New World Little Gardens

purple tansy pattern

Purple tansy

Phacelia tanacetifolia

Tansy’s masses of blue-purple flowers will attract bees and beneficial bugs to your Little Garden throughout the spring and summer.








Getting started

  • Put the soil tablet on a saucer and pour 50ml of water over it.
  • Put on gloves and mix the water into the soil with your hands to make a wet mixture. Watch the soil expand.
  • Use most of your soil to fill up the pot to around 2cm below the top.
  • Now place your seed mat on top of the soil (take care not to press down too hard).
  • Now use the rest of your soil mixture to cover the seed mat.
  • Remember to wash your hands when you’re done!

How to keep your Little Garden healthy

  • Place the pot on a clean saucer in a place with enough light, but not directly in the sun.
  • Check the soil in the morning, and before bed. If the soil feels dry and crumbly, pour a small amount of clean water over the surface.
  • Within 1 week you should see a little plant appear from the soil. That means the seeds have germinated and will be ready soon to move into a bigger pot or garden.
  • If more than one little plant grows, you can thin your purple tansy seedling by choosing the strongest-looking one and removing the others.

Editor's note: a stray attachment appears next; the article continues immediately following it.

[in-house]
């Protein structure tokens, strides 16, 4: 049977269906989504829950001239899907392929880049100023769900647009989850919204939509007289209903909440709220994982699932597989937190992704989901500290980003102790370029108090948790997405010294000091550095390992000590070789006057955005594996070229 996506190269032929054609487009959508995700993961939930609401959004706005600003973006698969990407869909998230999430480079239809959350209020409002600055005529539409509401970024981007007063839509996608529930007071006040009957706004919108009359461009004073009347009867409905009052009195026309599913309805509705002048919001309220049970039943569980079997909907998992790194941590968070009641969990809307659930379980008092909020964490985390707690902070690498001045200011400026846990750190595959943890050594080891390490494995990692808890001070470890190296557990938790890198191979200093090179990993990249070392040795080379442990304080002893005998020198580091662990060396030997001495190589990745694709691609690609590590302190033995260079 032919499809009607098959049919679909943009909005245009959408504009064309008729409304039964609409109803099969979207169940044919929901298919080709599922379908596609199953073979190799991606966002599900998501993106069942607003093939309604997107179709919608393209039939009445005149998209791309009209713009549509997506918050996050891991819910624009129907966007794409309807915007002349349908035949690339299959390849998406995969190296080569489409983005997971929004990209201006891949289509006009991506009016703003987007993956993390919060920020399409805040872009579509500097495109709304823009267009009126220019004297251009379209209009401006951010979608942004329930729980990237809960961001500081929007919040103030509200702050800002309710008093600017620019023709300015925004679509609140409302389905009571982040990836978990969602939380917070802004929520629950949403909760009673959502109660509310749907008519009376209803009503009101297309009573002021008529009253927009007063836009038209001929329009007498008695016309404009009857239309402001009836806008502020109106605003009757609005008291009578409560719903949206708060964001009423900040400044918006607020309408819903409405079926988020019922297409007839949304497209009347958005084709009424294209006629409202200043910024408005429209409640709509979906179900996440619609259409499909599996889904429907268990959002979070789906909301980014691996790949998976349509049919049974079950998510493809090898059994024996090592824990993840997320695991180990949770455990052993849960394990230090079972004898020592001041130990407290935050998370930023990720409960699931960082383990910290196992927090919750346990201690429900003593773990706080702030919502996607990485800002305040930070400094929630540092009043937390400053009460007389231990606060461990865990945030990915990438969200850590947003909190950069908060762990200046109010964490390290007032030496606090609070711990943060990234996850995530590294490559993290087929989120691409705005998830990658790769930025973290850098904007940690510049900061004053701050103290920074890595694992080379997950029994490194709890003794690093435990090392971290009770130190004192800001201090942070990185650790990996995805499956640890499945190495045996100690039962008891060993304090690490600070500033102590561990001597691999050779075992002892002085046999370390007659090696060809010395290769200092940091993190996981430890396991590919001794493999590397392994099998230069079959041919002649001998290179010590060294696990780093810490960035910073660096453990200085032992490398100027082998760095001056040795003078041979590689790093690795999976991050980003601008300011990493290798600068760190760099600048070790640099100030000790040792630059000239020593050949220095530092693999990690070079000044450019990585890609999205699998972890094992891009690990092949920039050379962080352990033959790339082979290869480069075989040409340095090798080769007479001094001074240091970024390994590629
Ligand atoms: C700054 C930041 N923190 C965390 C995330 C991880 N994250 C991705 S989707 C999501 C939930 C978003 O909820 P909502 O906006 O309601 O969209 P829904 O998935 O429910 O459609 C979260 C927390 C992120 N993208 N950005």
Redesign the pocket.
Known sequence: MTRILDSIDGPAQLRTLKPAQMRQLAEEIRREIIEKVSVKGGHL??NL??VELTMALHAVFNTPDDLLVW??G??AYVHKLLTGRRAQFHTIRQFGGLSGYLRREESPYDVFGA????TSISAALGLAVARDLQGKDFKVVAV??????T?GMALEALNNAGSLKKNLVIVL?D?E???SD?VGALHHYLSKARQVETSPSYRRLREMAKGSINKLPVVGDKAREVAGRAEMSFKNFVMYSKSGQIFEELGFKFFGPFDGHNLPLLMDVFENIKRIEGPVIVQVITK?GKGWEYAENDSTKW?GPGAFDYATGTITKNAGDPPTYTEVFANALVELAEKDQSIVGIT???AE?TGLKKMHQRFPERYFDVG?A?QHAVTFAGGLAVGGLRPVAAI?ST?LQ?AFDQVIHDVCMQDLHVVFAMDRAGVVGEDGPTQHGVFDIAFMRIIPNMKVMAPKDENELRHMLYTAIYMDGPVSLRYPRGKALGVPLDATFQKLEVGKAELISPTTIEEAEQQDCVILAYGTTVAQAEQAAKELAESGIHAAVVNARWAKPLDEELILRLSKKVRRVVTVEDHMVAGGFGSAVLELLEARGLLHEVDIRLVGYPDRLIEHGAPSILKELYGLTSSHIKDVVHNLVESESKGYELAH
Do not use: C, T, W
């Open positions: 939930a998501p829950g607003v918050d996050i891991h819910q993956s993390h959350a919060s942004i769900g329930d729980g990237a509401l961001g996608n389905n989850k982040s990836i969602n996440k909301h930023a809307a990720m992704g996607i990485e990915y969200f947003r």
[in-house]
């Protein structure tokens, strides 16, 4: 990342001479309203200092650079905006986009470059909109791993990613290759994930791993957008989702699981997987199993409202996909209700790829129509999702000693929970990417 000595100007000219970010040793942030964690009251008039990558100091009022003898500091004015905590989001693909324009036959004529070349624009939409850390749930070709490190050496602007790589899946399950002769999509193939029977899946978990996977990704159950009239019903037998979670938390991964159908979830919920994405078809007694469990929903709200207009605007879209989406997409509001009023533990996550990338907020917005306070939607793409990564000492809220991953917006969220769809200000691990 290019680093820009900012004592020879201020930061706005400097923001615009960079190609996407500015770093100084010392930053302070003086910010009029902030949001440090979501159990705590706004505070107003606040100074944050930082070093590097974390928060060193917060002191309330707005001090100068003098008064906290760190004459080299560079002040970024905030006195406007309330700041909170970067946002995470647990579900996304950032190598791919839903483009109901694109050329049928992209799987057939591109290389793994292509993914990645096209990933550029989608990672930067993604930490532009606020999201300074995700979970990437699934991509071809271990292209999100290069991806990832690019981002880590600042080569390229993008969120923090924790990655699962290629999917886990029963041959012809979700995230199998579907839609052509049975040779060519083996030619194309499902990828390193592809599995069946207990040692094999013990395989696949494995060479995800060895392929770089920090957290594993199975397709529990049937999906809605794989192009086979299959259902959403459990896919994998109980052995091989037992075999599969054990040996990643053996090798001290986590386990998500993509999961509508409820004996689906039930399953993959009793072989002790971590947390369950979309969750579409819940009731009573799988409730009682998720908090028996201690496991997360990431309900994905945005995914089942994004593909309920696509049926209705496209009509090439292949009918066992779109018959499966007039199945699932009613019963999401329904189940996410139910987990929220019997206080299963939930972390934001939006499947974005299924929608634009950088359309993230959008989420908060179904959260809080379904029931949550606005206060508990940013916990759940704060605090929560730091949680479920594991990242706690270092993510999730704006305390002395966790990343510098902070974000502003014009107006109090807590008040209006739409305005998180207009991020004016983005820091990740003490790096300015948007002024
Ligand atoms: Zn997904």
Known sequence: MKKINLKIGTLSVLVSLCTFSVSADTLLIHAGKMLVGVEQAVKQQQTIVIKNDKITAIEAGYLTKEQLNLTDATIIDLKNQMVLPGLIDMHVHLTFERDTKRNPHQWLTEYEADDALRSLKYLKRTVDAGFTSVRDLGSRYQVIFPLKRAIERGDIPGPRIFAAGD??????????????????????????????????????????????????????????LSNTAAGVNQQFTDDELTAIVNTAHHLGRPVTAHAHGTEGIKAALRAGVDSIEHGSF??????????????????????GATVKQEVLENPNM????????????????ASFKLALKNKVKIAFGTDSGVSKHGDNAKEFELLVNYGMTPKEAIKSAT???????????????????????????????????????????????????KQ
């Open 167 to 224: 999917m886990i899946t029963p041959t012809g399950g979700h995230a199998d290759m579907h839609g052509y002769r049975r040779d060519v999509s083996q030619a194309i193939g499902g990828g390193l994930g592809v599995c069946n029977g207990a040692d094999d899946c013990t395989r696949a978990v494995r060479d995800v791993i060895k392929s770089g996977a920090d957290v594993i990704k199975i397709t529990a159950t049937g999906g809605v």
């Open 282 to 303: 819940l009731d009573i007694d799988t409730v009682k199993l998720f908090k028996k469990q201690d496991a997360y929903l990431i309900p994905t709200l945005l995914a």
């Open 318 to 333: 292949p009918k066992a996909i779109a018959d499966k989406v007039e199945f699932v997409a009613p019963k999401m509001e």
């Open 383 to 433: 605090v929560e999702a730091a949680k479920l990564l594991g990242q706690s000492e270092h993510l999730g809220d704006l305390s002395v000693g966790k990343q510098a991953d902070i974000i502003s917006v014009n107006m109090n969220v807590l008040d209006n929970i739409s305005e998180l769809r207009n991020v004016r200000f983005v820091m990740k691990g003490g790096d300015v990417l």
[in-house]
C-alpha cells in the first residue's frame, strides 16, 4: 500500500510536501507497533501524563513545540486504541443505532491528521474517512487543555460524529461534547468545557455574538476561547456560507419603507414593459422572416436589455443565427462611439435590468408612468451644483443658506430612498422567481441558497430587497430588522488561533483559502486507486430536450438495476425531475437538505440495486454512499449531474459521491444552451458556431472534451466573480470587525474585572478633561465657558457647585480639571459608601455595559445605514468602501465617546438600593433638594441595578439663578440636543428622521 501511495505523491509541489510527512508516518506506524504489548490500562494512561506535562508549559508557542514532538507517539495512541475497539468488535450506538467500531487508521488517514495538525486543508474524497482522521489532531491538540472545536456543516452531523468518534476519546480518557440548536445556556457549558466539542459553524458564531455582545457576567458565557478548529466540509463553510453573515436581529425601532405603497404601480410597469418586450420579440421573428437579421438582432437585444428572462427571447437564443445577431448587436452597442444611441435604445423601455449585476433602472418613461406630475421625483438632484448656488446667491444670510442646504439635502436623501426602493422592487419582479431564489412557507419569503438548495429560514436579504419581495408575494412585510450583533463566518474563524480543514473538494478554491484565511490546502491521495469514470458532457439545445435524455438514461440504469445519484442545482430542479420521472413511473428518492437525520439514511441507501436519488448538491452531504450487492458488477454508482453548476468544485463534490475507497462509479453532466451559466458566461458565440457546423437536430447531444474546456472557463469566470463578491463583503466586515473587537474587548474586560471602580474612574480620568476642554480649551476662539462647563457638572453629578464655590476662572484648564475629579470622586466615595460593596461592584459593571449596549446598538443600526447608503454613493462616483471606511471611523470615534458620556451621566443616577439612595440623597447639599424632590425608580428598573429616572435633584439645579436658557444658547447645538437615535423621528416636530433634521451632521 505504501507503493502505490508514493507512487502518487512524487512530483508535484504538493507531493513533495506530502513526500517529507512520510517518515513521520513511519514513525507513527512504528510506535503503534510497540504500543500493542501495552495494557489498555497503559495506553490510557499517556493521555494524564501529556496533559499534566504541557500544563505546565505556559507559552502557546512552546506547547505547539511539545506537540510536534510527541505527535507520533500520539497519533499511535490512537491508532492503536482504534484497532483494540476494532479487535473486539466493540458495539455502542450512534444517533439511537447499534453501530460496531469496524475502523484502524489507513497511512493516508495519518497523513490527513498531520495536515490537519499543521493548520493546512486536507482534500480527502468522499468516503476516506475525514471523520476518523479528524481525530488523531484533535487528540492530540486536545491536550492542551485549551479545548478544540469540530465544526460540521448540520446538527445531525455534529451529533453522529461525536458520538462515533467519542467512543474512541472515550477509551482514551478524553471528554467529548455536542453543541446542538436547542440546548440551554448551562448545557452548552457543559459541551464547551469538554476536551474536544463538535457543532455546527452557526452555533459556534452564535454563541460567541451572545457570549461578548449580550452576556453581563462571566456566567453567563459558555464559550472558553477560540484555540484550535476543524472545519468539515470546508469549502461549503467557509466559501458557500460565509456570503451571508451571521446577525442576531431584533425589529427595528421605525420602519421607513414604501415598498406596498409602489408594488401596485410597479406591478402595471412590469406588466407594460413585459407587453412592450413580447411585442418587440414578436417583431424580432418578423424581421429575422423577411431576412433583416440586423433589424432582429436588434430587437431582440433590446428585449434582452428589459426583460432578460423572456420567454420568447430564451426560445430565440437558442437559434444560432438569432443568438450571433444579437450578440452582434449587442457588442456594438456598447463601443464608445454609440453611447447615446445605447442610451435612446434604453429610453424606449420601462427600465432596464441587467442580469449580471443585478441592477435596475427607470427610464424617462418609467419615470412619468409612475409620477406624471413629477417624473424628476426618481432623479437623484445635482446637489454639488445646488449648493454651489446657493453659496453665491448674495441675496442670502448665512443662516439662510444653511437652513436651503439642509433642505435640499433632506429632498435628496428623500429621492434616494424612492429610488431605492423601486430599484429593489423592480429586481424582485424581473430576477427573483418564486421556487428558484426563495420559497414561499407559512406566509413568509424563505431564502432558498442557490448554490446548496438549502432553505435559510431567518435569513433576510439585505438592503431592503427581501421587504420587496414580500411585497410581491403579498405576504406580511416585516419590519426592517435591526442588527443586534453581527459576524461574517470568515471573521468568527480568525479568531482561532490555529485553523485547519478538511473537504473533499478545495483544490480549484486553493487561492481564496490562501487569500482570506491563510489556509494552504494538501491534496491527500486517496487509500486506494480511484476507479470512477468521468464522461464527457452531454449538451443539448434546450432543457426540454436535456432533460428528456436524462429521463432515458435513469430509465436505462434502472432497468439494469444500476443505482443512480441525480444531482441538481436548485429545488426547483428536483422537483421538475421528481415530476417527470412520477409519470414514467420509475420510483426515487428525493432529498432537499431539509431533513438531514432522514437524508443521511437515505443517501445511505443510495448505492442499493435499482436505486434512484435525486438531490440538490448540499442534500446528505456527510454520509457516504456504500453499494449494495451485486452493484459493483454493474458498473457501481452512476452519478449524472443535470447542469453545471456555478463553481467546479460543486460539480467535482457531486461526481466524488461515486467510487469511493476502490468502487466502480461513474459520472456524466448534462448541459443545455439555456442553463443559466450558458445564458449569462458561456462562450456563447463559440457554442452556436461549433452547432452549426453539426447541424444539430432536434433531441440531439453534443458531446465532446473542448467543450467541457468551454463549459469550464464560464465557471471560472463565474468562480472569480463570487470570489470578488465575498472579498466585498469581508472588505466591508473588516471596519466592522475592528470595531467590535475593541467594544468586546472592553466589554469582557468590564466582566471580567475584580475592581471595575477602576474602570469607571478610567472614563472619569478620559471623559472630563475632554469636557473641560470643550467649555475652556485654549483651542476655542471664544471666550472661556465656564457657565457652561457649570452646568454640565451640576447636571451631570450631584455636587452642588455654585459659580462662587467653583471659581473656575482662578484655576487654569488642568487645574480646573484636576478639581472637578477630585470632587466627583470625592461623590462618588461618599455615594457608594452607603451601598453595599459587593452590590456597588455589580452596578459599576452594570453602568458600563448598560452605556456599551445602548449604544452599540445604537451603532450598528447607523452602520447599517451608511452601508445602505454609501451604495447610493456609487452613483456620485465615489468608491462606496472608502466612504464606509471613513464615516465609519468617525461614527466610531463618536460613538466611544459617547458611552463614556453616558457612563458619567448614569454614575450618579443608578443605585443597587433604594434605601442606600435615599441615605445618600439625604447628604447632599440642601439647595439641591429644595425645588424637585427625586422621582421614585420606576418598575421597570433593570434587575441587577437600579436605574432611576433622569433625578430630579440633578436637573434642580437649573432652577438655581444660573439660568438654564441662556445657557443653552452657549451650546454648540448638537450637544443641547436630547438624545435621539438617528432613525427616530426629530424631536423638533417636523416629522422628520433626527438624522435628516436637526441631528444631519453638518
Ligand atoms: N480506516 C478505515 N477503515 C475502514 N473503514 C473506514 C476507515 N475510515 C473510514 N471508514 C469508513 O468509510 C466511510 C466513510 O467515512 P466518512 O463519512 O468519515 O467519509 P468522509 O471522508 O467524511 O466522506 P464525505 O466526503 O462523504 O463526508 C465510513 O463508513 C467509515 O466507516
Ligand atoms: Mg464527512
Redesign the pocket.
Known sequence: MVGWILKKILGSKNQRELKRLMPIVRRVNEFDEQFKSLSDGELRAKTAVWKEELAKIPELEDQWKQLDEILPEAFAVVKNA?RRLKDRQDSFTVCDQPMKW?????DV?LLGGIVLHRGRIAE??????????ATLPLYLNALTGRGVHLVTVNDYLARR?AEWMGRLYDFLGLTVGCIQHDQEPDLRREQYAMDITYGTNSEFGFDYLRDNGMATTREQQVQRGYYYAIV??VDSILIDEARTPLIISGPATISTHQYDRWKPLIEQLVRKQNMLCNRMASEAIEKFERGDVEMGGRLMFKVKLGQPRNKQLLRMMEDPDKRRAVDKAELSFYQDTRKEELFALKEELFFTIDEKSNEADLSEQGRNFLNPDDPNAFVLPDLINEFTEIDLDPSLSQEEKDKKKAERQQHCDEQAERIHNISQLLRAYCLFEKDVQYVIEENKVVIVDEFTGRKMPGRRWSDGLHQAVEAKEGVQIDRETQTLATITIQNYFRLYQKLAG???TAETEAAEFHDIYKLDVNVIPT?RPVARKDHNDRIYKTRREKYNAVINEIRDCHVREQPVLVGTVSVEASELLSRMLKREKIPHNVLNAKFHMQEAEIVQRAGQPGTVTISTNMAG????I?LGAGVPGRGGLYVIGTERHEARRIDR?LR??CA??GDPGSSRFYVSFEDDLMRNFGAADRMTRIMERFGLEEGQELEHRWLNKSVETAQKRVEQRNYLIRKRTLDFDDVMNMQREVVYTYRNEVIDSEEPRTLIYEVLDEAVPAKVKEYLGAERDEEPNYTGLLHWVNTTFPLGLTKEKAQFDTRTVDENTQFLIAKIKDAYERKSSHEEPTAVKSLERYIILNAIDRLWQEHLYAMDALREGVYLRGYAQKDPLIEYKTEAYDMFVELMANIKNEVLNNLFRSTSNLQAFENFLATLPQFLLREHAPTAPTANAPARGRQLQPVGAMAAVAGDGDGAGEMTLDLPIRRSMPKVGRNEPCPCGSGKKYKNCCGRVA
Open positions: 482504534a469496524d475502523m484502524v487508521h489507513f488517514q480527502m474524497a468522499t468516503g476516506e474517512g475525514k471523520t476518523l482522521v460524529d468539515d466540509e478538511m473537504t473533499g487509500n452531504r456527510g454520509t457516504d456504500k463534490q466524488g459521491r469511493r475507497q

When your seedling is ready to go in the garden

  • When the tansy is about as tall as your finger (in 2-3 weeks), it’s ready to shift into the garden.
  • Get your tansy used to life outside: you can harden off your tansy seedling by putting it in a warm and sheltered spot for 1-2 hours a day and return inside for the night. Do this for 4-5 days, leaving it outside for a little longer each day before you shift it out into the garden forever.

Planting best practice

Look after your plant while it’s growing

  • Bees and pollinators love tansy, so plant it in the corners of your Little Garden to attract the good bugs.
  • The thistle-like blooms will look great in your flower beds too.

Harvest time

  • Tansy looks lovely in a bouquet. As a cut flower in the vase, it will last about 5 days (remember to change the water regularly).
  • Regularly thinning your purple tansy, by picking the flowers, will encourage more flower production.

Watch out

  • Tansy is almost untroubled by pests and fungal infections.
  • It self-seeds very vigorously, so can become a nuisance. To manage it, you can simply pull out the seedlings. Or, after they flower (but before they set seed), cut down the plants at the base and dig them into the soil as a green manure or throw them into the compost
  • Contact with tansy may cause skin irritation in some people, so wear gloves when handling these plants.

Purple tansy in your gardens